Medicine at a difficulty of 10. This difficulty has a minus 1 modifier for every half an hour that the character spends examining the body, and preparing the fluid based on what she observes. The Storyteller should make this roll in secret, and if it succeeds, then the formula has a chance to work as outlined below. Failure means it won"t do anything, and a botch creates some spectacular mishap, which is up to the Storyteller to decide: animated, doctor-strangling lengths of intestine which burst out of the chest are always a fun problem... If a successful dose of Reanimation Fluid is injected into the corpse after death, there is a chance, however slim, that the mind will reactivate. The Storyteller should roll the former Willpower of the corpse at a difficulty of 9, and each success on that roll will bring back both one point of the corpse's former Intelligence Attribute and one point of Permanent Willpower. However, every hour that the body is dead prior to being given the fluid reduces that Willpower pool by one die. This, of course, includes the time that the characters spend properly preparing the solution! Failure on the Willpower roll, or using up the corpse's entire Willpower pool due to the passage of time, still produces a Zombie if the dose was successful. However, such a creature will be a mindless, bestial and uncontrollable thing. A botch will produce anything from failure of the solution to work, to a fairly weird "half-reanimation" where the body opens its eyes, does or says one thing and then goes back to being inert matter again. When making Incomplete Things, the Storyteller rolls the character's Intelligence + Medicine at a difficulty of 8, since these creatures

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aren"t as complicated as Zombies. However, they can only be reanimated if they are constructed using the reptilian tissue West has cultured. Without it, the reanimation fluid will not work on them. There is no chance of Intelligence coming back to these creations, even if made with a brain, so the Storyteller does not have to worry about making the second, secret roll. Use the stats for Zombies and Incomplete Things, given below under "Vital Statistics," when making or roleplaying such creatures.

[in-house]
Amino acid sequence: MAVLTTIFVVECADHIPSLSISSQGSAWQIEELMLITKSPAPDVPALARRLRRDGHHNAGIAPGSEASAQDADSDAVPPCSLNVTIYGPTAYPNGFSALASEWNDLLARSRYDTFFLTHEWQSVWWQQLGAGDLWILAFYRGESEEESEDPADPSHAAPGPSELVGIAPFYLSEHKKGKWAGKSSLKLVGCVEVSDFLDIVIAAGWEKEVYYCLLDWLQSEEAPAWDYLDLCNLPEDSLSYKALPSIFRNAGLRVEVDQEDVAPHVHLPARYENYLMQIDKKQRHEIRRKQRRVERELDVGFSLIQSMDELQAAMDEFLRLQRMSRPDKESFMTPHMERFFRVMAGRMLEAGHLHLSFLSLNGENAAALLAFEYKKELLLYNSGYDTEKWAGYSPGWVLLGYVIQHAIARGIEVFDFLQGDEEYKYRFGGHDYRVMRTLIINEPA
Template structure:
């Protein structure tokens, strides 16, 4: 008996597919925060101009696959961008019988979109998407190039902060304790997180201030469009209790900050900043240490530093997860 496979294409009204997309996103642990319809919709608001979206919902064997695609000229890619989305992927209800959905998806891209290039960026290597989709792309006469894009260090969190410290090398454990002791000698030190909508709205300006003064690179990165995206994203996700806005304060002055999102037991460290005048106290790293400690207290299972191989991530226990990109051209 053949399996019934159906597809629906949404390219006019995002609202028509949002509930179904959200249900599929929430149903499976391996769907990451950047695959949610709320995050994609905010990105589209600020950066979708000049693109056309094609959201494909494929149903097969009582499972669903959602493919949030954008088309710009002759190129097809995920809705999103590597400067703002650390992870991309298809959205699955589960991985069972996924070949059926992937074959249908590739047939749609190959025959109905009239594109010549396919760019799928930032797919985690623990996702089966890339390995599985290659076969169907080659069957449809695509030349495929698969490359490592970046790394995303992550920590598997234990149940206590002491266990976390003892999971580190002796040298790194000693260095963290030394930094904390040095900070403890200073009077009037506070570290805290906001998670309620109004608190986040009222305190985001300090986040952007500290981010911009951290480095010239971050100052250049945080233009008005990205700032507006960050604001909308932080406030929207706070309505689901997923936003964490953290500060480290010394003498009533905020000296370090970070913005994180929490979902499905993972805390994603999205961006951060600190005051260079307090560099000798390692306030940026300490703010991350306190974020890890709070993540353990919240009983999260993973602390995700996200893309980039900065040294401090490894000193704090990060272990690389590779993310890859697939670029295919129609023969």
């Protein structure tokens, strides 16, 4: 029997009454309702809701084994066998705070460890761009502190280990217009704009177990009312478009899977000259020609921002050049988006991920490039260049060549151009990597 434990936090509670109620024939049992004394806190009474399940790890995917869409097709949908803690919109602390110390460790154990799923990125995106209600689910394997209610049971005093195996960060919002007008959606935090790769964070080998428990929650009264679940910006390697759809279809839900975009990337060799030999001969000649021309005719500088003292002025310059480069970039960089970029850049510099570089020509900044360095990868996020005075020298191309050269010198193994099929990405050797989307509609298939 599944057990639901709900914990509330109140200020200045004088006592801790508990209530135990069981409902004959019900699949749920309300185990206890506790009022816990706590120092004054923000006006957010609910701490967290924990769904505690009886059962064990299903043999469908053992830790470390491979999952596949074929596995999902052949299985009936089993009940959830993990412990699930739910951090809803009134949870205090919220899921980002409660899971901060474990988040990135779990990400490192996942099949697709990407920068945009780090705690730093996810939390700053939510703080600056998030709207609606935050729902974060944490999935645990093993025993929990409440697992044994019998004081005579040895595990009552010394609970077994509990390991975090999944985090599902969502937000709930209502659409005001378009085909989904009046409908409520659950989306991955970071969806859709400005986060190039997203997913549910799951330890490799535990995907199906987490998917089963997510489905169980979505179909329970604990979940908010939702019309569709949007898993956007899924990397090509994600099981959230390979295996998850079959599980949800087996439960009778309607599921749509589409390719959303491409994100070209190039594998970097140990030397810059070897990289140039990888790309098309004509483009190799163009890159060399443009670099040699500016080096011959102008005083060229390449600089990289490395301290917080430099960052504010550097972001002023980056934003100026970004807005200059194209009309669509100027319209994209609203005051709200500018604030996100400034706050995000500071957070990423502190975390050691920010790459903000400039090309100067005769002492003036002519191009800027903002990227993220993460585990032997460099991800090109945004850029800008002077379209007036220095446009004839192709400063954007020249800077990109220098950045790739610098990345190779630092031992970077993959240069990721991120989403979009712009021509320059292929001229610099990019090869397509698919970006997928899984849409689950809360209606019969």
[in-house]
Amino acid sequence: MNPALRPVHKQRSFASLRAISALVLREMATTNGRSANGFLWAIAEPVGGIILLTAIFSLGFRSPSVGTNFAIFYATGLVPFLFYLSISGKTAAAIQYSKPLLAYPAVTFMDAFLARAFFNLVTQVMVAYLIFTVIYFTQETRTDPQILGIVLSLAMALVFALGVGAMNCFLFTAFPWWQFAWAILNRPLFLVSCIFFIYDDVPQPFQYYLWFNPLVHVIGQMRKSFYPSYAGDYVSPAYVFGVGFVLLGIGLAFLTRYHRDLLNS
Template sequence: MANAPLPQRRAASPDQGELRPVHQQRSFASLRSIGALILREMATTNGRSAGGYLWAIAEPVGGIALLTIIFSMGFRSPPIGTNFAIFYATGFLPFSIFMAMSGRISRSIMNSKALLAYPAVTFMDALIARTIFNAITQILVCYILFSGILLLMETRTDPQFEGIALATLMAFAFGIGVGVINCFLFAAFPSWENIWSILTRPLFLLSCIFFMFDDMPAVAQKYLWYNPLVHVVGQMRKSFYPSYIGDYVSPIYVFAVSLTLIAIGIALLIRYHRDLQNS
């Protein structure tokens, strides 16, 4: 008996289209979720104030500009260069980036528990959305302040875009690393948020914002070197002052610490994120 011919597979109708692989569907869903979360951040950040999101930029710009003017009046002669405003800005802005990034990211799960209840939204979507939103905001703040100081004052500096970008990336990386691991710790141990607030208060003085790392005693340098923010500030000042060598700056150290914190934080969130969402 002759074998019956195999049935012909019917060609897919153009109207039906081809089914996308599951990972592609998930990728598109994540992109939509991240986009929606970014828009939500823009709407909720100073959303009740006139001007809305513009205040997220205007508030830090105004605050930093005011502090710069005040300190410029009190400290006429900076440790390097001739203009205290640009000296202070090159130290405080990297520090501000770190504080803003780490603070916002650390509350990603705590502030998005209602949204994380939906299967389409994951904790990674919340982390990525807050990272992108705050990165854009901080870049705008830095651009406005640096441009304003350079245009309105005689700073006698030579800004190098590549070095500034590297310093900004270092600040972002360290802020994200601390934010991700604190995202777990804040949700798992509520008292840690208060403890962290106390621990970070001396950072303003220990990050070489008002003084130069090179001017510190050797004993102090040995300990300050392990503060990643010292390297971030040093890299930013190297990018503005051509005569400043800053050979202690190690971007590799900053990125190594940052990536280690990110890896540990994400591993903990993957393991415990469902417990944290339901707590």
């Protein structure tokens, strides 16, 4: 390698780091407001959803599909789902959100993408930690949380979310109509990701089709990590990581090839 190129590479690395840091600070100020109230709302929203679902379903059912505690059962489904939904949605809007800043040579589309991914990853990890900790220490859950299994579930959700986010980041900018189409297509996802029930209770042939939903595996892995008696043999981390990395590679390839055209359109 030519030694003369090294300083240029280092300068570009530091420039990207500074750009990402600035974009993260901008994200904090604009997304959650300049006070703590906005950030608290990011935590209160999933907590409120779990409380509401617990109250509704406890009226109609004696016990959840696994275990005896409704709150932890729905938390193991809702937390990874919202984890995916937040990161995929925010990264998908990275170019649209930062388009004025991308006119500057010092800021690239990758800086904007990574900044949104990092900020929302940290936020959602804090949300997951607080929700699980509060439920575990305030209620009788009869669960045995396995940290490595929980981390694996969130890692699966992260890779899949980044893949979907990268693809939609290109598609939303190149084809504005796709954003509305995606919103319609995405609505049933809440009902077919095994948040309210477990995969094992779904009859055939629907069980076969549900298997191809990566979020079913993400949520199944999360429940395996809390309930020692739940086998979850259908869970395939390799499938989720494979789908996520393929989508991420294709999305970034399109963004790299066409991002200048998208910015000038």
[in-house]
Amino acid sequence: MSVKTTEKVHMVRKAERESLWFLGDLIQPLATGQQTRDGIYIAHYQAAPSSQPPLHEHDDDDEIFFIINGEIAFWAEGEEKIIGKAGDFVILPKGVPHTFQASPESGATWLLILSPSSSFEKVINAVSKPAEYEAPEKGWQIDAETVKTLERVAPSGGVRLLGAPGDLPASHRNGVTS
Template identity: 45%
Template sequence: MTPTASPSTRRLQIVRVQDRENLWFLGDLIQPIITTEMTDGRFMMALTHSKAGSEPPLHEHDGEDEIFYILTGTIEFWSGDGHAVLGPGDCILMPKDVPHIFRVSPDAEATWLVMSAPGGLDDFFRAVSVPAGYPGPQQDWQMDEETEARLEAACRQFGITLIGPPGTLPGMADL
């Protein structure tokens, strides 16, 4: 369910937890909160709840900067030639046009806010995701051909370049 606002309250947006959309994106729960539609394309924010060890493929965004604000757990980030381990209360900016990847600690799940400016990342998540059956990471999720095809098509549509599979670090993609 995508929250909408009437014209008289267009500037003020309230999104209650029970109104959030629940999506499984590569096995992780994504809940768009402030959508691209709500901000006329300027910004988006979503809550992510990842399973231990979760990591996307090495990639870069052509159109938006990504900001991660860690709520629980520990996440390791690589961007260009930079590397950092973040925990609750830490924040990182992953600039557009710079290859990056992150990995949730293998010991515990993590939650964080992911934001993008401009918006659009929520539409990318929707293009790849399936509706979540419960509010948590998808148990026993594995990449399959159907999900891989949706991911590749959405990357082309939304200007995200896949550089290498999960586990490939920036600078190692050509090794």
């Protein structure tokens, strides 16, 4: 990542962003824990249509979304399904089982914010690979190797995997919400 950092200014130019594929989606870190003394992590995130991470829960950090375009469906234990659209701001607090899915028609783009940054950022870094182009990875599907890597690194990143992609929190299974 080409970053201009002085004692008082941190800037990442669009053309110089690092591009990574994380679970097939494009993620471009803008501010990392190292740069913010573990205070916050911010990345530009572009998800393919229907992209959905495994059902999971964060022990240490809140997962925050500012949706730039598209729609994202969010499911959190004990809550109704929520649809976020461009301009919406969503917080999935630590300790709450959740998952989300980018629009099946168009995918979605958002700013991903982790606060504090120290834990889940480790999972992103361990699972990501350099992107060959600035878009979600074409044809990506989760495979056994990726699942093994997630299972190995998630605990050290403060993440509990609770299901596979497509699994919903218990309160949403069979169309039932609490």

Timeline for Dr. West's Great War Service
Dr. West's actions and whereabouts are presented here, along with the historical record of things that happened along the Ypres Salient. Major events that happen in the Shadowlands are in italics.

Aug 5th: Britain declares war and takes Canada along with them. Late Aug: Dr. West goes to Canada and talks to Major Clapham-Lee about joining up; secures rank of Major for himself, and First
Lieutenant for his assistant; begins showing his notes and results to Clapham-Lee, who is very interested.

Oct 14th: 1st contingent Canadian Expeditionary Force arrives in England. Dr. West, his assistant and ten others sent ahead to join
the British Expeditionary Force already in France.

Oct 30th - Nov 24th: First Battle of Ypres; B.E.F.'s manages to take the town from the Germans, but can go no further; the trenches
go up and active engagement turns into stalemate punctuated by slaughter.

Mar 14th: Germans take 750 yards in front of St. Eloi, including high ground; British retake most of it, except for high ground. Late Mar: Major Clapham-Lee killed in airplane accident; Dr. West and his assistant reanimate his corpse; German shell obliterates
the field hospital moments later; West and assistant are the only survivors, and are sent away to recuperate.

Apr 22nd - May 25th: Second Battle of Ypres; first use of poison gas on Western Front by Germans on April 22nd; Dr. West and
assistant back at the front by May 3rd; Germans succeed in taking back a little of what they lost, but not nearly enough.

1916 Apr 06: The Battle of St. Eloi Craters. Jun: The 4th Great Maelstrom breaks out at the Somme; Necropoli fall and falter as the winds and Spectres cut their defenders to pieces 1917 Jan: The Insurrection begins; the Night of Short Chains(4) Jun 7th: 19 mines detonated under German lines. Jul 31st - Nov 10th: Third Battle of Ypres; British efforts hampered by inclement weather; first try at taking Passchendaele fails Oct 12; the town finally falls on November 10th; victory does not give the British the breakthrough they'd wanted. Late Nov: Dr. West and his assistant come to the end of their term and go back to America.

Things to do with Dr. West
Below are some ideas on how to utilize Dr. West in your Wraith: The Great War game. The Skinbag did WHAT? Probably the most obvious way to use Dr. West is to have him try to reanimate the body of one of the player's Wraiths. This could also be done to the body of an NPC, who then turns to the character for help or advice, but it's a lot more immediate if one of the characters has to deal with it from a first-hand basis. Lost Fetters need reattaching, especially here, and especially when the Maelstrom's on. Whoever has it happen will probably feel violated by the whole process and want revenge, or to stop it from happening again. And if the player characters can cross the Shroud using Embody or the like, and Dr. West successfully reanimates her body to the point where the chemical imprint is mostly or fully reactivated, the Wraith may wind up dealing with her own, reanimated body - a body that's intelligent, with her memories, personality and former goals.